Non-stationary patterns of isolation-by-distance: inferring measures of genetic friction

Non-stationary patterns of isolation-by-distance: inferring measures of genetic friction

Nicolas Duforet-Frebourg, Michael G. B. Blum
(Submitted on 24 Sep 2012)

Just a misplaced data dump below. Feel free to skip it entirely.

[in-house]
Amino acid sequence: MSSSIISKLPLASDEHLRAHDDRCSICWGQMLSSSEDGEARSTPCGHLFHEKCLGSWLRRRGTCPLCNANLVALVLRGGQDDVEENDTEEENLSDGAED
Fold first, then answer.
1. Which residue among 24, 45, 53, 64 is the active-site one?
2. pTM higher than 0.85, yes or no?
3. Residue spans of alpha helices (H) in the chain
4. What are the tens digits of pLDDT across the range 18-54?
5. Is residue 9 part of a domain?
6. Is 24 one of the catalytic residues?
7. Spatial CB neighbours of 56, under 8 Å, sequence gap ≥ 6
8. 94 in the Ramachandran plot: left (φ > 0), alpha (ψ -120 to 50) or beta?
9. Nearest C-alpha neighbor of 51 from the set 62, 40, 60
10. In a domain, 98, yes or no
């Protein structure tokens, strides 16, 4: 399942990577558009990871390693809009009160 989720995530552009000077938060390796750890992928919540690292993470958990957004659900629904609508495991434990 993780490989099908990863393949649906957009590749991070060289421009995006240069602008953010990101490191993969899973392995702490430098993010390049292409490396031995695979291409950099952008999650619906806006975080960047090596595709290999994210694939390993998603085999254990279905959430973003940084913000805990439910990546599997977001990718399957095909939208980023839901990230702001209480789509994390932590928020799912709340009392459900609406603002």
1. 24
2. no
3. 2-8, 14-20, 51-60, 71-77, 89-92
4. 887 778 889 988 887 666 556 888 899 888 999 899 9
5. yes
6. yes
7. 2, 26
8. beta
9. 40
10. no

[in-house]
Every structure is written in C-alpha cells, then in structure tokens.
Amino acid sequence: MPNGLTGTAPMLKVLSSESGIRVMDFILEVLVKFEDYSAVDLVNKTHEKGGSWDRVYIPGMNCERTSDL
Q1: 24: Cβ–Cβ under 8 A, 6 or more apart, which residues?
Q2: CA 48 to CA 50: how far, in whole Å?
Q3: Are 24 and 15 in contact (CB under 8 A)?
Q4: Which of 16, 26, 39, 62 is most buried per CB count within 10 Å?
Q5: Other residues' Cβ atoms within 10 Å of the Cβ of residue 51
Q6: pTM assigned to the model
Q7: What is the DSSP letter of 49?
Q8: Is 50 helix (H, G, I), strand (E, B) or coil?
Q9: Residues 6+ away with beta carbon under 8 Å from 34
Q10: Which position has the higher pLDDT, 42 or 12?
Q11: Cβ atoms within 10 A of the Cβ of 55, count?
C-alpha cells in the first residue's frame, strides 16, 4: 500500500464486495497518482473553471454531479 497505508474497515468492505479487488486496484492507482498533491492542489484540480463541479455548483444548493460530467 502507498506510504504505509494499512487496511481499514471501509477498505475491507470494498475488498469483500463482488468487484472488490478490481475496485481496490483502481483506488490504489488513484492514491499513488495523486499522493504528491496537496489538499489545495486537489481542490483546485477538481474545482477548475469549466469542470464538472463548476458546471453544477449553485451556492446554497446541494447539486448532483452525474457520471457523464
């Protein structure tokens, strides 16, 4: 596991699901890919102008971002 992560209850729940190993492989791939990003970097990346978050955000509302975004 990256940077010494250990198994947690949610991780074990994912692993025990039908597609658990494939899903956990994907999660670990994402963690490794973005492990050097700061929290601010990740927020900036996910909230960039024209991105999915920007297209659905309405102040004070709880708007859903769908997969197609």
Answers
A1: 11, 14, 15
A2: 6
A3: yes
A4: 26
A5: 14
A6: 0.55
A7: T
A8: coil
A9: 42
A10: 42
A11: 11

The pattern of isolation-by-distance arises when population differentiation increases with increasing geographic distances. This pattern is usually caused by local spatial dispersal which explains why differences of allele frequencies between populations accumulate with distance. However, the pattern of isolation-by-distance can mask complex variations of demographic parameters. Spatial variations of demographic parameters such as migration rate or population density generate non-stationary patterns of isolation-by-distance where the rate at which genetic differentiation accumulates varies across space. Barriers to gene flow are particularly well studied examples that generate non-stationary patterns of isolation-by-distance. Using the concept of genetic friction, we develop a statistical method that characterizes non-stationary patterns of isolation-by-distance. Genetic friction at a sampled site corresponds to the local genetic differentiation between the sampled population and fictive populations living in the neighborhood of the sampling site. To avoid defining populations in advance, the method can also be applied at the scale of individuals. The proposed framework is appropriate for dealing with massive data because it relies on a pairwise similarity matrix, which can be obtained with computationally efficient methods. A simulation study shows that maps of genetic friction can detect barriers to gene flow but also other patterns such as continuous variations of gene flow across habitat. The potential of the method is illustrated with 2 data sets: genome-wide SNP data for the human Swedish populations, and AFLP markers for alpine plant species. The software FRICTION implementing the method is available at this http URL

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